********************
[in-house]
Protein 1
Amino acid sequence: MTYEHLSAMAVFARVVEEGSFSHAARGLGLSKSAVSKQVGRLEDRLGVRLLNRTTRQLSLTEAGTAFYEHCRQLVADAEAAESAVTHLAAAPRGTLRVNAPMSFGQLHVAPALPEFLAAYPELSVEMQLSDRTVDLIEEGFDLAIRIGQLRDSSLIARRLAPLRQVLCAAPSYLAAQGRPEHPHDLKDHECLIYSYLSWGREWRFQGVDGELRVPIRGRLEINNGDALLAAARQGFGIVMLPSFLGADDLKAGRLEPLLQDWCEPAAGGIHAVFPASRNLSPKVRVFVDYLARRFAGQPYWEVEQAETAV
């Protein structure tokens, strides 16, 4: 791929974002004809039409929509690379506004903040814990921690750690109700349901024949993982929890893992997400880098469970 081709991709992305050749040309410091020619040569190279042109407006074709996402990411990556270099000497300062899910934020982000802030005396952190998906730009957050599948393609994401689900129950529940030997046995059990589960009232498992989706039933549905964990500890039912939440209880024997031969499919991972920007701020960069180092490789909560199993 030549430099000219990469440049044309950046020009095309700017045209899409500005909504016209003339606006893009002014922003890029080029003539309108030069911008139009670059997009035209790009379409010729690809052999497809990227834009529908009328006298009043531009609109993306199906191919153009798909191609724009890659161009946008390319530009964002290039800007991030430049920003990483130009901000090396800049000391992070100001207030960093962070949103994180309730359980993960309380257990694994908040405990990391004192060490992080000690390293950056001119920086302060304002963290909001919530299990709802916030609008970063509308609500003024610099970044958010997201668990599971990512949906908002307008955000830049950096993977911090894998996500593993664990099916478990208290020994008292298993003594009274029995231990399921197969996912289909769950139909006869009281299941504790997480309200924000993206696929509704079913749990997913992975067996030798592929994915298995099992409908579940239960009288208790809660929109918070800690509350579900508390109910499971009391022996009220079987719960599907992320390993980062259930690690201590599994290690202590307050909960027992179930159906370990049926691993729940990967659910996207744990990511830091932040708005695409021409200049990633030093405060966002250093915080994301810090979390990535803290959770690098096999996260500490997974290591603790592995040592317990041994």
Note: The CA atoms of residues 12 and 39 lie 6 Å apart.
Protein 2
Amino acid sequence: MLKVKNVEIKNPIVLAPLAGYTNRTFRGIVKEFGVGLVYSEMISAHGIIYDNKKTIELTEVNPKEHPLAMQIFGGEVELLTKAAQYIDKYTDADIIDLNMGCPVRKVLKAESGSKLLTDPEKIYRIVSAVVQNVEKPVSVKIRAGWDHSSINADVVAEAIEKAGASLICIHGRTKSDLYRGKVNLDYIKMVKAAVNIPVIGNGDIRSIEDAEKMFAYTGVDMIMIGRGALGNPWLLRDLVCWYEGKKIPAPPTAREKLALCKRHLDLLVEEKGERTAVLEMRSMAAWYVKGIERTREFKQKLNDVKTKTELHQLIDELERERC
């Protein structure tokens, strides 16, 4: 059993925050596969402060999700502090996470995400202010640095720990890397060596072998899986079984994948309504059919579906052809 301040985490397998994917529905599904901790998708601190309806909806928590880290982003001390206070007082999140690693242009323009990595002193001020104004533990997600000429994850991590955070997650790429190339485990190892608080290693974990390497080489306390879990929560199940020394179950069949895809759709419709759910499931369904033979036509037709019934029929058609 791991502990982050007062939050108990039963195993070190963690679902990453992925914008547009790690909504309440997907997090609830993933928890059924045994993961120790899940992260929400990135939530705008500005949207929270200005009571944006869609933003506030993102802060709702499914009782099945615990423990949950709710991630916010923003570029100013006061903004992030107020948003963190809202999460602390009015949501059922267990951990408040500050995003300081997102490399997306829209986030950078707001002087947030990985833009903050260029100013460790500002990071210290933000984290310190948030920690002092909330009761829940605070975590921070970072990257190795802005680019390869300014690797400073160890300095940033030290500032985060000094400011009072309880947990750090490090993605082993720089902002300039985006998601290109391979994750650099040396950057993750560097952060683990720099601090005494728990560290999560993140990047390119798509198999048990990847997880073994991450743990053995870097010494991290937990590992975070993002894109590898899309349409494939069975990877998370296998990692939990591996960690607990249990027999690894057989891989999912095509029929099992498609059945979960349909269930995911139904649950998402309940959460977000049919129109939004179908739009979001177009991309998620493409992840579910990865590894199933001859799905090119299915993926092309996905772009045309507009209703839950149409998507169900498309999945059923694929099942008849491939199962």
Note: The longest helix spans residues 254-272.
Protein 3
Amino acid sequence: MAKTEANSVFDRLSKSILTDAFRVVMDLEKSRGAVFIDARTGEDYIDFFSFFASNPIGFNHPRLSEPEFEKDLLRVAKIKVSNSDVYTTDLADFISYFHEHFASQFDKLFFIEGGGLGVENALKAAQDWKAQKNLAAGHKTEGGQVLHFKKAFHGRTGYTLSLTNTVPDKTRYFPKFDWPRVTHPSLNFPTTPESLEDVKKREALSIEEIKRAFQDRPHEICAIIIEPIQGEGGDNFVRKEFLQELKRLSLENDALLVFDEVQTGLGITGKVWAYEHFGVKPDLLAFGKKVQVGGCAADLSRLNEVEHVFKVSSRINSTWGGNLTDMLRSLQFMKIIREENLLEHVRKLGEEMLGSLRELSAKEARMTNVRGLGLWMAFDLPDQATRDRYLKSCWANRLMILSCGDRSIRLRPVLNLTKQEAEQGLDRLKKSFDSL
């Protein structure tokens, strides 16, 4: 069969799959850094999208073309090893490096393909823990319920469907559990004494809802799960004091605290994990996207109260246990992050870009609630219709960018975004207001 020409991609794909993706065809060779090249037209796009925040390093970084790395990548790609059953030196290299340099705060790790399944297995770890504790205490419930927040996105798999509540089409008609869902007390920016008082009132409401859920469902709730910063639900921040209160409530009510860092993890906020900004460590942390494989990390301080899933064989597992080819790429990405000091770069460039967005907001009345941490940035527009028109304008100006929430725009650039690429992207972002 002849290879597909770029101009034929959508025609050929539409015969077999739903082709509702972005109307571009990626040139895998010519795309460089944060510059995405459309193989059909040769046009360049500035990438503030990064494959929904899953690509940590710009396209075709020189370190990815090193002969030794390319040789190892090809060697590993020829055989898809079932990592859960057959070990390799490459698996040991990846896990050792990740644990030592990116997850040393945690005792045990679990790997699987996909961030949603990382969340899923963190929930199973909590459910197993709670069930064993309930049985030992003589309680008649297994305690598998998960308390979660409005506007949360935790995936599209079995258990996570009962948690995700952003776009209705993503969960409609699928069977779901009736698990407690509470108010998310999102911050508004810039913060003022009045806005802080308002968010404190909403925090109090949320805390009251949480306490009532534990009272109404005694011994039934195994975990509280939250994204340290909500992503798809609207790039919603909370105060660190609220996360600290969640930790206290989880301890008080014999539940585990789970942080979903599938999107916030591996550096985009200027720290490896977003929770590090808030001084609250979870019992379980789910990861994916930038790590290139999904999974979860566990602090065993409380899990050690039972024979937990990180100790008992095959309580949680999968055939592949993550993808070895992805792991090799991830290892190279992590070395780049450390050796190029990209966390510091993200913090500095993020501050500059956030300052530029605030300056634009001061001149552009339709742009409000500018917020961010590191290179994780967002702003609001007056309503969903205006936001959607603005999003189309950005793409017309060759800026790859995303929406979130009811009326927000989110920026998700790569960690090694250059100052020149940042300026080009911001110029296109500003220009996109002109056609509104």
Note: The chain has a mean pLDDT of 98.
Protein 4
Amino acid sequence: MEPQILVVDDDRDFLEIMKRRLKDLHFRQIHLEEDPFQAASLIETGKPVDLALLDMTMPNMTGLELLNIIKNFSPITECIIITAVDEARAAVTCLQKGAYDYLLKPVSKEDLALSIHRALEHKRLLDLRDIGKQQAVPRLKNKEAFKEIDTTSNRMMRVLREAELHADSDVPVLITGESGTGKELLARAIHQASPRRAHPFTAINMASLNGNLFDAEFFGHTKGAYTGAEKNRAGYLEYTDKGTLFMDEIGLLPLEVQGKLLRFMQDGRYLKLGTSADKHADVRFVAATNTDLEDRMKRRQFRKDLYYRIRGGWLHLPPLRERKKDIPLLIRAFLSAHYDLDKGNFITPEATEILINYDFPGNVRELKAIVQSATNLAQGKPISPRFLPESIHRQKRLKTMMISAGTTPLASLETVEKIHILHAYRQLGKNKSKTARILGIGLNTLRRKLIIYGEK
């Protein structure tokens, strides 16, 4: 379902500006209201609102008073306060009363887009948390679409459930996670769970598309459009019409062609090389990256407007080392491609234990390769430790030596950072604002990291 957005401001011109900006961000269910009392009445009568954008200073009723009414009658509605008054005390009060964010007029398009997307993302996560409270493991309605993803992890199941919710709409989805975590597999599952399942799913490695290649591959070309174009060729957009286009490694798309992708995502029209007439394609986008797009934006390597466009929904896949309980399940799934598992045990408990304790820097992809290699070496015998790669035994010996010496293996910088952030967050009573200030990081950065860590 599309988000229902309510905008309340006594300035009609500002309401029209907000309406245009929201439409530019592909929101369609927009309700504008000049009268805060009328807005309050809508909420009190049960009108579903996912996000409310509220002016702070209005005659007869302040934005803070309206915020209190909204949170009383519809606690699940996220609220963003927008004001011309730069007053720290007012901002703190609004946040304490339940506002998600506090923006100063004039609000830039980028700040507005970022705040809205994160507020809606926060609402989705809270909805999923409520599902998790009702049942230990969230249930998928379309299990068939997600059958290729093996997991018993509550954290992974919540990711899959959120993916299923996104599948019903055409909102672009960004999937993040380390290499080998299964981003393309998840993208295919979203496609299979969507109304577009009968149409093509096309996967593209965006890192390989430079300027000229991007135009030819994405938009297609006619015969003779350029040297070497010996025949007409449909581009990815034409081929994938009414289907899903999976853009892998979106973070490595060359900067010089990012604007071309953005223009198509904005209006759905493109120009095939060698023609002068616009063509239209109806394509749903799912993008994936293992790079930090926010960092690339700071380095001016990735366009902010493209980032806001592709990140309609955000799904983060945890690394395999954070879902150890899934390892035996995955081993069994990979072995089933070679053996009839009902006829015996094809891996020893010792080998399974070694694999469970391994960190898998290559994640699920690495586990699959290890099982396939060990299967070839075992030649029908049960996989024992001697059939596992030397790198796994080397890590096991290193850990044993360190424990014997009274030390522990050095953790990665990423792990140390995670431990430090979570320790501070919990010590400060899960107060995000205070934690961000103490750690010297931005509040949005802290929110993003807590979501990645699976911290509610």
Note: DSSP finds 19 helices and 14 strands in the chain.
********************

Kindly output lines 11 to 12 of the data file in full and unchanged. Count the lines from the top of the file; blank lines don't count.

Amino acid sequence: MAKTEANSVFDRLSKSILTDAFRVVMDLEKSRGAVFIDARTGEDYIDFFSFFASNPIGFNHPRLSEPEFEKDLLRVAKIKVSNSDVYTTDLADFISYFHEHFASQFDKLFFIEGGGLGVENALKAAQDWKAQKNLAAGHKTEGGQVLHFKKAFHGRTGYTLSLTNTVPDKTRYFPKFDWPRVTHPSLNFPTTPESLEDVKKREALSIEEIKRAFQDRPHEICAIIIEPIQGEGGDNFVRKEFLQELKRLSLENDALLVFDEVQTGLGITGKVWAYEHFGVKPDLLAFGKKVQVGGCAADLSRLNEVEHVFKVSSRINSTWGGNLTDMLRSLQFMKIIREENLLEHVRKLGEEMLGSLRELSAKEARMTNVRGLGLWMAFDLPDQATRDRYLKSCWANRLMILSCGDRSIRLRPVLNLTKQEAEQGLDRLKKSFDSL
């Protein structure tokens, strides 16, 4: 069969799959850094999208073309090893490096393909823990319920469907559990004494809802799960004091605290994990996207109260246990992050870009609630219709960018975004207001 020409991609794909993706065809060779090249037209796009925040390093970084790395990548790609059953030196290299340099705060790790399944297995770890504790205490419930927040996105798999509540089409008609869902007390920016008082009132409401859920469902709730910063639900921040209160409530009510860092993890906020900004460590942390494989990390301080899933064989597992080819790429990405000091770069460039967005907001009345941490940035527009028109304008100006929430725009650039690429992207972002 002849290879597909770029101009034929959508025609050929539409015969077999739903082709509702972005109307571009990626040139895998010519795309460089944060510059995405459309193989059909040769046009360049500035990438503030990064494959929904899953690509940590710009396209075709020189370190990815090193002969030794390319040789190892090809060697590993020829055989898809079932990592859960057959070990390799490459698996040991990846896990050792990740644990030592990116997850040393945690005792045990679990790997699987996909961030949603990382969340899923963190929930199973909590459910197993709670069930064993309930049985030992003589309680008649297994305690598998998960308390979660409005506007949360935790995936599209079995258990996570009962948690995700952003776009209705993503969960409609699928069977779901009736698990407690509470108010998310999102911050508004810039913060003022009045806005802080308002968010404190909403925090109090949320805390009251949480306490009532534990009272109404005694011994039934195994975990509280939250994204340290909500992503798809609207790039919603909370105060660190609220996360600290969640930790206290989880301890008080014999539940585990789970942080979903599938999107916030591996550096985009200027720290490896977003929770590090808030001084609250979870019992379980789910990861994916930038790590290139999904999974979860566990602090065993409380899990050690039972024979937990990180100790008992095959309580949680999968055939592949993550993808070895992805792991090799991830290892190279992590070395780049450390050796190029990209966390510091993200913090500095993020501050500059956030300052530029605030300056634009001061001149552009339709742009409000500018917020961010590191290179994780967002702003609001007056309503969903205006936001959607603005999003189309950005793409017309060759800026790859995303929406979130009811009326927000989110920026998700790569960690090694250059100052020149940042300026080009911001110029296109500003220009996109002109056609509104």